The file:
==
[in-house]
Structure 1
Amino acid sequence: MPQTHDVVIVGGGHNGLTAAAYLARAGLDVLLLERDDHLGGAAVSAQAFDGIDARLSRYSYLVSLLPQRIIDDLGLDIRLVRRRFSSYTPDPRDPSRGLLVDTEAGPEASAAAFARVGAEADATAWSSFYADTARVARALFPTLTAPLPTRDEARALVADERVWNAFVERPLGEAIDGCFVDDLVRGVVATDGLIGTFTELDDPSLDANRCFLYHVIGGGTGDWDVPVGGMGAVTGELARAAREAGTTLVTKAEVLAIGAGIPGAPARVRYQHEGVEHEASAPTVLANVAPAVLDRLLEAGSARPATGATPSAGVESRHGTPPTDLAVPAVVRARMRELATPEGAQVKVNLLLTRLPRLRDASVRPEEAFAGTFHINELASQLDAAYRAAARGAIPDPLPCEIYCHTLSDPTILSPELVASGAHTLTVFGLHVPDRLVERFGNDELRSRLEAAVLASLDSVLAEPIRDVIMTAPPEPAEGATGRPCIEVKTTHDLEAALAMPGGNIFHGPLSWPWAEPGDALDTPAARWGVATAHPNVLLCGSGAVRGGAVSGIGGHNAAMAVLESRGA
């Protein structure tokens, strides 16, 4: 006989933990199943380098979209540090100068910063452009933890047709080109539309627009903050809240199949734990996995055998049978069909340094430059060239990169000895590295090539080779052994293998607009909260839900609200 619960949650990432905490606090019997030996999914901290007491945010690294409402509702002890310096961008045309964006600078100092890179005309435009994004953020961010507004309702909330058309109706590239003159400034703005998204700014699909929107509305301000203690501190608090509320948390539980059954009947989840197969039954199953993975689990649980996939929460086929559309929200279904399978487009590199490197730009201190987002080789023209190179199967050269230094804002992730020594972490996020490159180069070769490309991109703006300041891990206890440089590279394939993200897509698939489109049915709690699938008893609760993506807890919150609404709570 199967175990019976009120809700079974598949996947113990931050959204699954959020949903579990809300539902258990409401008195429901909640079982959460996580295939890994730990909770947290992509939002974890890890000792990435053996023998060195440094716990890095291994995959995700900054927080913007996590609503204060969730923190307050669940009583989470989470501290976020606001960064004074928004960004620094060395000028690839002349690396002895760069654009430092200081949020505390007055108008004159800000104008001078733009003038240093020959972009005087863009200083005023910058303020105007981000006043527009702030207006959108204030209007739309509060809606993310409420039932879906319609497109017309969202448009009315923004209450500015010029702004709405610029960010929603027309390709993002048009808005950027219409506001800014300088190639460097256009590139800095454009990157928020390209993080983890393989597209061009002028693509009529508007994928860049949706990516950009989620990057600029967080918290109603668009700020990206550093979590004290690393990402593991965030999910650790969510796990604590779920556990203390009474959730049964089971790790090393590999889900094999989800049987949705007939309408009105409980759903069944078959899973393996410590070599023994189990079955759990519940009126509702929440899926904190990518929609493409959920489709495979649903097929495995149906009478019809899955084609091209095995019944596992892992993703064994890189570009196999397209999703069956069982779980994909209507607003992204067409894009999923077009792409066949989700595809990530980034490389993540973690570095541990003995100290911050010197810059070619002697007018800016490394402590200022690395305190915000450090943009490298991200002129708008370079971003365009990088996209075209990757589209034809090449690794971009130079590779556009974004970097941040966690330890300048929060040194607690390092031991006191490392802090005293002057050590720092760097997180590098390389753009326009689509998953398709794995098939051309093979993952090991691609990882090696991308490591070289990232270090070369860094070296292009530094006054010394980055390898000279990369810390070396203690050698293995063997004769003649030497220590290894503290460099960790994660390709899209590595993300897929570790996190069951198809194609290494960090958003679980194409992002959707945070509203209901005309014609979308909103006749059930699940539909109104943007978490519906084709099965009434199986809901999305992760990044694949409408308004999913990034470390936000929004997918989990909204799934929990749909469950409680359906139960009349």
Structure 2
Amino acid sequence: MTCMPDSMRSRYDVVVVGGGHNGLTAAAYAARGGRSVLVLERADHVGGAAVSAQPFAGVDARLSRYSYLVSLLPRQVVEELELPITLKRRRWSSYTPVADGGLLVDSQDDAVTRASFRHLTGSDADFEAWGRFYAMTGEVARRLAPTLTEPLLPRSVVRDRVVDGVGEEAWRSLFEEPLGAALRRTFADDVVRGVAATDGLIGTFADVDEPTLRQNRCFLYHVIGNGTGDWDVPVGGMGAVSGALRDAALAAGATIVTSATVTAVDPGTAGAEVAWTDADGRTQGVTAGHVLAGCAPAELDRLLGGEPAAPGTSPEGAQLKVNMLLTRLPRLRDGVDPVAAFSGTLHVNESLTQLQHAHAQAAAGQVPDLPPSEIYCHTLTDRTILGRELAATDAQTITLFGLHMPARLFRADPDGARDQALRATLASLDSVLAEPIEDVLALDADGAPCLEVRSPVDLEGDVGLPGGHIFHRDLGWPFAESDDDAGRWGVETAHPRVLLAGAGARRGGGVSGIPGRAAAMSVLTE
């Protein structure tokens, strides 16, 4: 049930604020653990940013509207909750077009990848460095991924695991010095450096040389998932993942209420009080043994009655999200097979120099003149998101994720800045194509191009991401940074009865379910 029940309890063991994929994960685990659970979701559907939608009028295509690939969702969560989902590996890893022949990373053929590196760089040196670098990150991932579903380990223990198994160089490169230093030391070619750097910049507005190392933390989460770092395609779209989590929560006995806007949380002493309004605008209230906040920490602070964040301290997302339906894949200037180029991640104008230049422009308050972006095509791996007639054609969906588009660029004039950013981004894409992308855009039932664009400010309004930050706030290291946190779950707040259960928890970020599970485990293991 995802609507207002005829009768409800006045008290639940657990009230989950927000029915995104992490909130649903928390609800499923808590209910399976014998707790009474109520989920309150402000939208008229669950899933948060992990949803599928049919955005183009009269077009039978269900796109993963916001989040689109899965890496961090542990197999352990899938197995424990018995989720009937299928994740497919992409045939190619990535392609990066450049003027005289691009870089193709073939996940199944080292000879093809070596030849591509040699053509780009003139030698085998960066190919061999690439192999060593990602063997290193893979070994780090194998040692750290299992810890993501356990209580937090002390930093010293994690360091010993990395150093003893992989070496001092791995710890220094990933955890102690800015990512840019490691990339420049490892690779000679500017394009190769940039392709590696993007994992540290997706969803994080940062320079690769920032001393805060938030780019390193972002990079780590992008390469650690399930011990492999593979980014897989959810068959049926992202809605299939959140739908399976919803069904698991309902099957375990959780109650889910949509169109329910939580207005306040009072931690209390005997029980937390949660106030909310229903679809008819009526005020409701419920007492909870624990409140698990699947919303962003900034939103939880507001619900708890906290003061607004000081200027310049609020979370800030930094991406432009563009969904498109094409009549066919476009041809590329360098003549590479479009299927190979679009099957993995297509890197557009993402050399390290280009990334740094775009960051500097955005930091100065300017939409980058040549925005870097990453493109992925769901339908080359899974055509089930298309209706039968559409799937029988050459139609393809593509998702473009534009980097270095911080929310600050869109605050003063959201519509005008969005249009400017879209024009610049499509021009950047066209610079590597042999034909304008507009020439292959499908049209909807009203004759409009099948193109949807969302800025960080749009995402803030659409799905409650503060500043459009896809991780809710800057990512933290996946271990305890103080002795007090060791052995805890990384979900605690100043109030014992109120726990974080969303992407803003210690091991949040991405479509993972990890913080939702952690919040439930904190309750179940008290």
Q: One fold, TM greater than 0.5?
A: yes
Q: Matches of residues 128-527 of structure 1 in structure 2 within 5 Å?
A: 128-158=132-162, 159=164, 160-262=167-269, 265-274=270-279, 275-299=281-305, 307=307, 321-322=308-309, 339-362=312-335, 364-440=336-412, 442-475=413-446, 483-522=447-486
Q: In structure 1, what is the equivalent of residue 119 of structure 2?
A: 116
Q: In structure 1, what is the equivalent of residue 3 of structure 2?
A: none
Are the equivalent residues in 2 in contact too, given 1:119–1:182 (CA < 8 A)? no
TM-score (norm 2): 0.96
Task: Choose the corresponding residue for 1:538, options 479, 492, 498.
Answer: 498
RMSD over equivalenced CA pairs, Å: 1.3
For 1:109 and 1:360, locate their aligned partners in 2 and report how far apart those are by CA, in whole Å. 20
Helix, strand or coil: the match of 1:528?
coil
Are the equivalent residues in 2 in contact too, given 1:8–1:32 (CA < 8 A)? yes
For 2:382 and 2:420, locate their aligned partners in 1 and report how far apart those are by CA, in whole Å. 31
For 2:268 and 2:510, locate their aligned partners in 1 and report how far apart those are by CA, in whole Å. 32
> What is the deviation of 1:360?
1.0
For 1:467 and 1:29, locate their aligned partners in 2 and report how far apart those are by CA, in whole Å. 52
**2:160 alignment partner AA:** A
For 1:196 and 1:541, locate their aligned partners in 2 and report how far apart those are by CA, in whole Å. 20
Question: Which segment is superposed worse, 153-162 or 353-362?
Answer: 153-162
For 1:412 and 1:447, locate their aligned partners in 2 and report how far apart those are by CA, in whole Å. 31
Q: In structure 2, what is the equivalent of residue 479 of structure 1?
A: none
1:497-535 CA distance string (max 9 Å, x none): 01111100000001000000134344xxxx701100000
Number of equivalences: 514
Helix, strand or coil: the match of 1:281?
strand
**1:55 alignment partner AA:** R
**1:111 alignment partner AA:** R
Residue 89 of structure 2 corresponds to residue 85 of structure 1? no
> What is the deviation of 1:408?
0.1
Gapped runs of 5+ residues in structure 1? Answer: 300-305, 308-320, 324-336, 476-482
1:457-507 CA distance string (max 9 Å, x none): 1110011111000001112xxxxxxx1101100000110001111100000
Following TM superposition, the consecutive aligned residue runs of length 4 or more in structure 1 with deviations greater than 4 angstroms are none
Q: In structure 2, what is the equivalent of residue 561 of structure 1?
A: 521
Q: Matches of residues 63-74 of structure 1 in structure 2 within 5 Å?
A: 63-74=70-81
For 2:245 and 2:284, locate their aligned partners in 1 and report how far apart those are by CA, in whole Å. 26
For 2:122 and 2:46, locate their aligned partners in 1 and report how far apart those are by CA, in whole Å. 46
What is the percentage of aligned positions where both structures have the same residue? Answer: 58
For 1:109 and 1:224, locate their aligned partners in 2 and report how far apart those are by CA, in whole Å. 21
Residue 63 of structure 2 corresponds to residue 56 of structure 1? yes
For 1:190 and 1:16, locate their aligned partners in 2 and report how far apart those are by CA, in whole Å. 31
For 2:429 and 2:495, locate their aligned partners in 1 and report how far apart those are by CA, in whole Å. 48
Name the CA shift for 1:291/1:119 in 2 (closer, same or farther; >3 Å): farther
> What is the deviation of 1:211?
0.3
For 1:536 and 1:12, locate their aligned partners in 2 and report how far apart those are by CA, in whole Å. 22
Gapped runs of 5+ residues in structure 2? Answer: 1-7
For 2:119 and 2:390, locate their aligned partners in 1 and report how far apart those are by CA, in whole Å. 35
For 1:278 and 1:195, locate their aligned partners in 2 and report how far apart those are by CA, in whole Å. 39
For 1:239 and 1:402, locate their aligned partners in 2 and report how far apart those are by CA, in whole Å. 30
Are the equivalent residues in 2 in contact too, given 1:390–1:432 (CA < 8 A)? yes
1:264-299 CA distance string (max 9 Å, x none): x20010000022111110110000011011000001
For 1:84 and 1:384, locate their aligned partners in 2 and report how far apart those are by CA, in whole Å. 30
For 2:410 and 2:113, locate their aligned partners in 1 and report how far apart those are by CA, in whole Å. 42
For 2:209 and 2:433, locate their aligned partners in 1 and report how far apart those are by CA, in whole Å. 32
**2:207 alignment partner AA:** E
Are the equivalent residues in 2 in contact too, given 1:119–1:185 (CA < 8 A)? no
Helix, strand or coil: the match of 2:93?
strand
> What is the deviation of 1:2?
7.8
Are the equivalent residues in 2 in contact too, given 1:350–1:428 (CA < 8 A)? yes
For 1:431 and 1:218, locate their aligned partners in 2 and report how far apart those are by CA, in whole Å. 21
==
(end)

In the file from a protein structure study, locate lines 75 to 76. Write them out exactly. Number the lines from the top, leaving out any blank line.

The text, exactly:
Helix, strand or coil: the match of 2:93?
strand